Olympic organisers have now confirmed that around 10,000 of the 80,000 registered volunteers signed up for supporting athletic events during this year’s Tokyo Games, have officially quit. And while the announcement has fueled concerns over Japan’s readiness to host the Games, Organising Committee chief executive Toshiro Muto is telling the Japanese media he doesn’t believe the withdrawals will have any impact on the successful operation of the Games beginning July 23.
But despite Muto’s insistence that there’s no real reason to panic, it’s a well-known fact that volunteers form a crucial part of the Summer Olympic Games. They assist athletes and generally help Olympic staff with the operation of venues and facilities. Should volunteers decide to withdraw over the coming days and weeks, those withdrawals could pose significant difficulties for Olympic organisers.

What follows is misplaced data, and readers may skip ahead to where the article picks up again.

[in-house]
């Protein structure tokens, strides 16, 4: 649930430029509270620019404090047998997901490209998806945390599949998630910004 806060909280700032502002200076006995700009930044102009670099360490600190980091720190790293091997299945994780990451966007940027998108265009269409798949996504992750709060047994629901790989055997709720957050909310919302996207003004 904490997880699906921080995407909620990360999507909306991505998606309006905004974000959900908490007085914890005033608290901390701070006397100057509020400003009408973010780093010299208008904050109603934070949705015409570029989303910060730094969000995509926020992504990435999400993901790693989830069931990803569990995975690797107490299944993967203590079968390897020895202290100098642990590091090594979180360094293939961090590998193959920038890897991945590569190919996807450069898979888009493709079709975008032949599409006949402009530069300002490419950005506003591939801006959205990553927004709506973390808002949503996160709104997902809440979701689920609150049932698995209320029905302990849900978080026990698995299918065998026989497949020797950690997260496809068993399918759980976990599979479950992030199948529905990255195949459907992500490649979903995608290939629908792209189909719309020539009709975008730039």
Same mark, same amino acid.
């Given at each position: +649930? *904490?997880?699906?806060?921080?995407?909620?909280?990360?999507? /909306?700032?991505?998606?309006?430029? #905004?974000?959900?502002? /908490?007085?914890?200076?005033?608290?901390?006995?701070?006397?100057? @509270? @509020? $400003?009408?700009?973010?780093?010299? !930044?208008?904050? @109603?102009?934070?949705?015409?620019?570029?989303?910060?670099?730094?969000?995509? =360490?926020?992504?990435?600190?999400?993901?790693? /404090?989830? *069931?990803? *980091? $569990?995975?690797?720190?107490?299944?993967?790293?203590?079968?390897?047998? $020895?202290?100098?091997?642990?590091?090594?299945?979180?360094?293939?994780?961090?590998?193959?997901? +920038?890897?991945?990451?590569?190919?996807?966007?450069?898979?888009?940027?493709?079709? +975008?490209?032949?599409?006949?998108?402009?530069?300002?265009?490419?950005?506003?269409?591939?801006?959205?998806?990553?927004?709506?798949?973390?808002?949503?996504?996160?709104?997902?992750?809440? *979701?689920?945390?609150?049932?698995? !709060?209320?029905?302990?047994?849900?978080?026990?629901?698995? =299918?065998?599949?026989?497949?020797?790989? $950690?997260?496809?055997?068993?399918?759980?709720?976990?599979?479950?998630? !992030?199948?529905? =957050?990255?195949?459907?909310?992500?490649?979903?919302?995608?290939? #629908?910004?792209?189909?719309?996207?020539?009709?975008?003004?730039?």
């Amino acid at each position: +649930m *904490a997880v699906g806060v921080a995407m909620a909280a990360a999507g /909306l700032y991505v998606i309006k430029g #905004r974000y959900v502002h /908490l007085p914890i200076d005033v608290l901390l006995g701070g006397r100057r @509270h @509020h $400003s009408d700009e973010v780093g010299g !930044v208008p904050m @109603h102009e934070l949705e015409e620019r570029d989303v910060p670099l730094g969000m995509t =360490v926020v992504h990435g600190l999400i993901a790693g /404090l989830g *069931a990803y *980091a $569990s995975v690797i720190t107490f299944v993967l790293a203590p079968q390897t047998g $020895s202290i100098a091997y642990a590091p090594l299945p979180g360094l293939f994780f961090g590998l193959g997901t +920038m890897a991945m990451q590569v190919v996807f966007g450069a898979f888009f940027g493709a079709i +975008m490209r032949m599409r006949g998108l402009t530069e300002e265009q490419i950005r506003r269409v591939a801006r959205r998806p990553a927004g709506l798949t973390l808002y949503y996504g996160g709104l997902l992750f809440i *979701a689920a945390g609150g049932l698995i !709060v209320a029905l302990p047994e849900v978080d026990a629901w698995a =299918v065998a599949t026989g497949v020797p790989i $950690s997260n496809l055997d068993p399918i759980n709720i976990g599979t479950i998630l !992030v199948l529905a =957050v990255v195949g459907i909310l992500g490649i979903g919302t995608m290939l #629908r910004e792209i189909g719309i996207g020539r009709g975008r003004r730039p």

While officials have not revealed the reasons for the dropouts, the general consensus is that of concerns over health and safety. Japan has to date reported more than 752,000 cases and more than 13,000 deaths, confirmed Johns Hopkins University in a recent report.
Another challenge has been the slower-than-expected vaccine rollout. While there is enough to vaccinate the biggest part of the country’s 126 million inhabitants, there is an apparent shortage of medical professionals for administering vaccinations, which shortage is now causing a bottleneck effect. The result is that currently, only medical staff and support personnel, as well as the elderly, are being vaccinated.
While athletes set to compete in this year’s Games will all be vaccinated, volunteers have been informed that they will not.
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